# How must Grovers algorithm be modified in order to solve 3-SAT?

Grover's algorithm was designed for a database with exactly one item that matches a given search criterion, and can be used to find that very item.

However, when checking whether a given formula is in 3-SAT, I don't know how many items match the search criterion (i.e. how many interpretations satisfy the formula) and I just want to know whether there is at least one. So, what steps have to be taken in order to make Grover's algorithm suitable for 3-SAT?

Grover's algorithm is already suitable. It promises that if there is at least one match, then it will output at least one match. It doesn't promise to output all matches, but you don't need all matches.

It is usually described to work in the case where there is zero or one items that match, but that's just because those are the hardest cases. If there are multiple matches, the algorithm will still work and will still find a match; and the running time will remain the same.

• ??? grovers algorithm is for db search, so how is it applied to SAT? a fundamentally different problem... – vzn Apr 21 '15 at 1:03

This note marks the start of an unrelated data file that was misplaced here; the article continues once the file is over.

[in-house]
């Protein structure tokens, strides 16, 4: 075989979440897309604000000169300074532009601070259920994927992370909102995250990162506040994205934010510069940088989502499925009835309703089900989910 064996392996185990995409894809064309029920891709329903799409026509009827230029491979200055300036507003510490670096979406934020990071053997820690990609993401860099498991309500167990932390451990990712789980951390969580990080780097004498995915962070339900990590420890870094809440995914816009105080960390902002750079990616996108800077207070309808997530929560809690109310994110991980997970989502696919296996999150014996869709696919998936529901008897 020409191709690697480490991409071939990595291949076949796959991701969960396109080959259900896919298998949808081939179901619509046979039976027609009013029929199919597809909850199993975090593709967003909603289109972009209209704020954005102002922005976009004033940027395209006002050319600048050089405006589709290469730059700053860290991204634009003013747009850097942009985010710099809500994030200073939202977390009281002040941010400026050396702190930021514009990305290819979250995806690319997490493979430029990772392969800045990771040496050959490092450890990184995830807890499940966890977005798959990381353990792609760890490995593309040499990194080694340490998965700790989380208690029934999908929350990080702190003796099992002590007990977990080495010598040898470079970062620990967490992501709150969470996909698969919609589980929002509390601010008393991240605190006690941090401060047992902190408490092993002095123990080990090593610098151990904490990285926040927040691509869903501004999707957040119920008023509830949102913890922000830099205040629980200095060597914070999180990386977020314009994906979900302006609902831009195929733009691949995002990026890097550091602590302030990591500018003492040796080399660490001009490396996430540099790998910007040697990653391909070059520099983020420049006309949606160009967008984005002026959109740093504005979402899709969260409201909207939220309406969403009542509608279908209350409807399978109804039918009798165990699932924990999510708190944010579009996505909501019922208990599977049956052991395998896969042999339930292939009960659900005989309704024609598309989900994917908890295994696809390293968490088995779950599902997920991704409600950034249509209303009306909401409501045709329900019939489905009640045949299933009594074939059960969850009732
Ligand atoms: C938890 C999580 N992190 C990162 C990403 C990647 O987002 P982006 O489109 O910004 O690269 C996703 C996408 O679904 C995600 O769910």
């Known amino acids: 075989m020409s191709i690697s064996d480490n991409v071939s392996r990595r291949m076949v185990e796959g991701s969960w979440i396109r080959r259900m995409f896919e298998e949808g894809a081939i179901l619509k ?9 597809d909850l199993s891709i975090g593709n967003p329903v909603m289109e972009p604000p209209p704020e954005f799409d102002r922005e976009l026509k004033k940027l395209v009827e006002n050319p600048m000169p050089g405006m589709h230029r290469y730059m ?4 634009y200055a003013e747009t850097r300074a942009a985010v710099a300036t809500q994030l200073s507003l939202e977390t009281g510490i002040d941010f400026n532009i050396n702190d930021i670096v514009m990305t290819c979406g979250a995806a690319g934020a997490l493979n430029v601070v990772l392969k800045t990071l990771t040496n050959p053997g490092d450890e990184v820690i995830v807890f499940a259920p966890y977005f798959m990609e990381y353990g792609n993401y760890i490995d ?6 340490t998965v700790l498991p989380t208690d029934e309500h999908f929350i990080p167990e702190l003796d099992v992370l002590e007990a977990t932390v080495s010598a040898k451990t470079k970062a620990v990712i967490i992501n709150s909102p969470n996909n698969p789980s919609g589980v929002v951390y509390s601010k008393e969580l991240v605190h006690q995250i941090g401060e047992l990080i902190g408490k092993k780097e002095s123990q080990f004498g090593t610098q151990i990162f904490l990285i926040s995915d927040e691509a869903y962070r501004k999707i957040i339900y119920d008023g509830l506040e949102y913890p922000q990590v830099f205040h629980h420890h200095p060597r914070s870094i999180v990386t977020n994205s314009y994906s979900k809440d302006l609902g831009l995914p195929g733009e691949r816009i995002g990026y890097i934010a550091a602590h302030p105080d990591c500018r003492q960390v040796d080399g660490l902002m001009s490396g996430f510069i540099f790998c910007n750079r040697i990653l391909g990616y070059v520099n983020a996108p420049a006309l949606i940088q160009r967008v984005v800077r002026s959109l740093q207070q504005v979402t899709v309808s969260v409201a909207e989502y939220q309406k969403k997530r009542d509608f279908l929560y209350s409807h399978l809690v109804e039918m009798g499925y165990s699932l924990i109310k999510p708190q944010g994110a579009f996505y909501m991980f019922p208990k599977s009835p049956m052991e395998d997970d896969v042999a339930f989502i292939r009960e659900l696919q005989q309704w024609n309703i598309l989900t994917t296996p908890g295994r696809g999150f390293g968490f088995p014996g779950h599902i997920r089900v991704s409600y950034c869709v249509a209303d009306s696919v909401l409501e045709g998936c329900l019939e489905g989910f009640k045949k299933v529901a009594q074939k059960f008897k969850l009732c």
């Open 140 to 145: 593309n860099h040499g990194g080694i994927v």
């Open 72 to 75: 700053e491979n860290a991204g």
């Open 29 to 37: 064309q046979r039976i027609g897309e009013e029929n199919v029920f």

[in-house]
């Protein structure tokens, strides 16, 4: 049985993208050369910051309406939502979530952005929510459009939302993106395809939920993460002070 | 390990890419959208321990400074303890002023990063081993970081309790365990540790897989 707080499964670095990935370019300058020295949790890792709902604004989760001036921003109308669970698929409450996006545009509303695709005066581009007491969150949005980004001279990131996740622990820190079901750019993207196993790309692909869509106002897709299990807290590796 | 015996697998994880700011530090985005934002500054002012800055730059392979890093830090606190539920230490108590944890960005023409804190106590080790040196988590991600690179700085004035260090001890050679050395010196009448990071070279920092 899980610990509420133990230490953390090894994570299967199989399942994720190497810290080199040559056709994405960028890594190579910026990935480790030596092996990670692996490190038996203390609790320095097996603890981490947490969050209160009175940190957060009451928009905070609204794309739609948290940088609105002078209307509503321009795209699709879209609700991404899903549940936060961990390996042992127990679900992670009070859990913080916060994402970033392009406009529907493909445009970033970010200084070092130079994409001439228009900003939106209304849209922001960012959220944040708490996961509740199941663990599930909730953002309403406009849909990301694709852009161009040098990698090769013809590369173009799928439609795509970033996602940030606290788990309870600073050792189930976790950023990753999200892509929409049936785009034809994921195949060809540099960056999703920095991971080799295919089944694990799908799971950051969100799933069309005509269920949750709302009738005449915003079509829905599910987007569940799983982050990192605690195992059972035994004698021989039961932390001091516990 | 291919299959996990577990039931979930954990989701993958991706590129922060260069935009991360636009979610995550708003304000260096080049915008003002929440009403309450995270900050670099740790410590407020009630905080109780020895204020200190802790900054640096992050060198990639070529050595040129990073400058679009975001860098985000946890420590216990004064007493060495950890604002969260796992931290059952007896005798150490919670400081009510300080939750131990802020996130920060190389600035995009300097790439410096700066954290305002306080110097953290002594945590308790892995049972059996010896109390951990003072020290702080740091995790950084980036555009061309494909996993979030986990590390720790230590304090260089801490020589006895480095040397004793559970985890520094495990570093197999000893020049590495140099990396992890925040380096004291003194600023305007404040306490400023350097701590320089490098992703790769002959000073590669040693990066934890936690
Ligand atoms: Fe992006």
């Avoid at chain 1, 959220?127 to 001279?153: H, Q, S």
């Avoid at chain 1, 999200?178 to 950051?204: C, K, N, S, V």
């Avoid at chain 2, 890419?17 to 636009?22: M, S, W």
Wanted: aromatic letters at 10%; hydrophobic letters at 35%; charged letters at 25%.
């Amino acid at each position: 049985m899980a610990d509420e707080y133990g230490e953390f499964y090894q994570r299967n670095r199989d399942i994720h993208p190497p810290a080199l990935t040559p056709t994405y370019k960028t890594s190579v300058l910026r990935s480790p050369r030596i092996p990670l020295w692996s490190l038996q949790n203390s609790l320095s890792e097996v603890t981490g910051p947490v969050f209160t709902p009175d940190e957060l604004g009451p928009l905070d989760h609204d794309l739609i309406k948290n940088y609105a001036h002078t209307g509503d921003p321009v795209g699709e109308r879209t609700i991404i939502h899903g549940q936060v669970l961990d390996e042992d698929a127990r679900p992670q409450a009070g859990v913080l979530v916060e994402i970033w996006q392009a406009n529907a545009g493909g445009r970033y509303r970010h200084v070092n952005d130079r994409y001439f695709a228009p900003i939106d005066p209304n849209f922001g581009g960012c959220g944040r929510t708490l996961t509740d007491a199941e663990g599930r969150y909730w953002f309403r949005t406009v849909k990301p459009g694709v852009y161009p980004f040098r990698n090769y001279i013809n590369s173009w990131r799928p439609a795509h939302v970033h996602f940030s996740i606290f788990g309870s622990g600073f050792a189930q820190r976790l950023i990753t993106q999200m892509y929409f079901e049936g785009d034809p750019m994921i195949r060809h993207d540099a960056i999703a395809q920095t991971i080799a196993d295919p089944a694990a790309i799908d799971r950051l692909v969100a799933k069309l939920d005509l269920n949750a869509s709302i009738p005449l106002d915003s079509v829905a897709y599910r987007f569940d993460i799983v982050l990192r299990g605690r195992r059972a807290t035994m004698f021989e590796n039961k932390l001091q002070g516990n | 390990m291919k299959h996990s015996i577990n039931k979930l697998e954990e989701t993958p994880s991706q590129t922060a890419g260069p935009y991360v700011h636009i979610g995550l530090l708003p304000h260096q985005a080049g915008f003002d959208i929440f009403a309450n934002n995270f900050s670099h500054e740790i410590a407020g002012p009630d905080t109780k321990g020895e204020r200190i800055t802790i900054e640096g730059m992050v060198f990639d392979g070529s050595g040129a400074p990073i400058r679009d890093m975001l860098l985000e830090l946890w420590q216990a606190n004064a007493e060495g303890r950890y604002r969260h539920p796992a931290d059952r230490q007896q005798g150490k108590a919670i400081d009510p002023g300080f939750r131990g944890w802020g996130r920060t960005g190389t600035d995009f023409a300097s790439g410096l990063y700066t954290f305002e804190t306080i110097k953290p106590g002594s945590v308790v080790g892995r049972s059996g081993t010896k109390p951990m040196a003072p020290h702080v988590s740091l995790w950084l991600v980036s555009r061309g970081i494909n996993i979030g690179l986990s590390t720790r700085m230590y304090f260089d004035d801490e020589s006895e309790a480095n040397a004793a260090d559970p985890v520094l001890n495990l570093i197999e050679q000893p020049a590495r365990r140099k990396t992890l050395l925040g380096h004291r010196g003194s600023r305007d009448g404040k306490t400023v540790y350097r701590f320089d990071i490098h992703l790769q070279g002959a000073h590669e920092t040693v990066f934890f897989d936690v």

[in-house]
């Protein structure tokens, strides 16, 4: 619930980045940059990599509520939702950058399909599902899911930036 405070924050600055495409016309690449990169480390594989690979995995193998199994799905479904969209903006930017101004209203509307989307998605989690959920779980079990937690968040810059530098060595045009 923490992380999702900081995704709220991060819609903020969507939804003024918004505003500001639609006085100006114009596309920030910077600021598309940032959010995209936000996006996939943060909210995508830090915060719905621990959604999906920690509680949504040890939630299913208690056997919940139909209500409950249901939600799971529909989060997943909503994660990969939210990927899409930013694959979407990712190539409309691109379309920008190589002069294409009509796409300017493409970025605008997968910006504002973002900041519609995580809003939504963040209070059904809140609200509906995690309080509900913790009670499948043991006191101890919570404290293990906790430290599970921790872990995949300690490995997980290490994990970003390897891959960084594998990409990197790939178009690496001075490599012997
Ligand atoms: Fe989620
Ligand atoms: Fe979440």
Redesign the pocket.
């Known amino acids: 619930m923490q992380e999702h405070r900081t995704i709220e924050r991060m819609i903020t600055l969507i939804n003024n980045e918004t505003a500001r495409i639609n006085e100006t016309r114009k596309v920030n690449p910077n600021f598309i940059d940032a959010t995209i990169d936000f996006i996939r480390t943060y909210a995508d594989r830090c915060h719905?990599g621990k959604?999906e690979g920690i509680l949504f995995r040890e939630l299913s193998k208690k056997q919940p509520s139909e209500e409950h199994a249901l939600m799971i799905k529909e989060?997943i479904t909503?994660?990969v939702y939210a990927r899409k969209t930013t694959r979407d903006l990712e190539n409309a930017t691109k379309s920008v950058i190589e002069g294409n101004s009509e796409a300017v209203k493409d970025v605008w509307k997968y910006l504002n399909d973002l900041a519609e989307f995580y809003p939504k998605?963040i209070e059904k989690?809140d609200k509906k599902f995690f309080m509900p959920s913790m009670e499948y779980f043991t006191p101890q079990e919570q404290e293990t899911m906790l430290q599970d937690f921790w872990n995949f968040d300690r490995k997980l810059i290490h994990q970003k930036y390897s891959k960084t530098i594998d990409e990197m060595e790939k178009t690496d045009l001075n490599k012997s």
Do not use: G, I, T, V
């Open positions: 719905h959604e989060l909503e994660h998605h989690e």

• @vzn You are searching a database. The database is indexed by truth assignments, and each cell contains the truth value of the formula under the assignment. – Yuval Filmus Apr 21 '15 at 5:11
• ok this seems to be invoking the use of oracles & maybe is not exactly in line with the original conception of the algorithm. "When applications of Grover's algorithm are considered, it should be emphasized that the database is not represented explicitly. Instead, an oracle is invoked to evaluate an item by its index." grover algorithm / wikipedia. anyway think a ref that specifically discusses combining Grover + SAT would be helpful. – vzn Apr 21 '15 at 16:06
• @vzn On the contrary. If you are given an arbitrary list of length $n$, Grover's algorithm doesn't help you – you have to check all entries, and this takes linear time. The list (or database) has to be given implicitly through an oracle for the speedup (and the algorithm) to make sense. – Yuval Filmus Apr 21 '15 at 18:07

Notwithstanding D.W.'s answer, the other option, if all you knew about Grover's algorithm is that it requires unique solutions, is to use the work of Valiant and Vazirani. Without getting into details, the idea is like this. Suppose that there are roughly $2^k$ solutions. We add random constraints that "kill" a solution with probability $2^{-k}$. With constant probability, the resulting instance has a unique solution. While we don't know $k$, there are only polynomially many possible $k$s, so we can enumerate over all of them.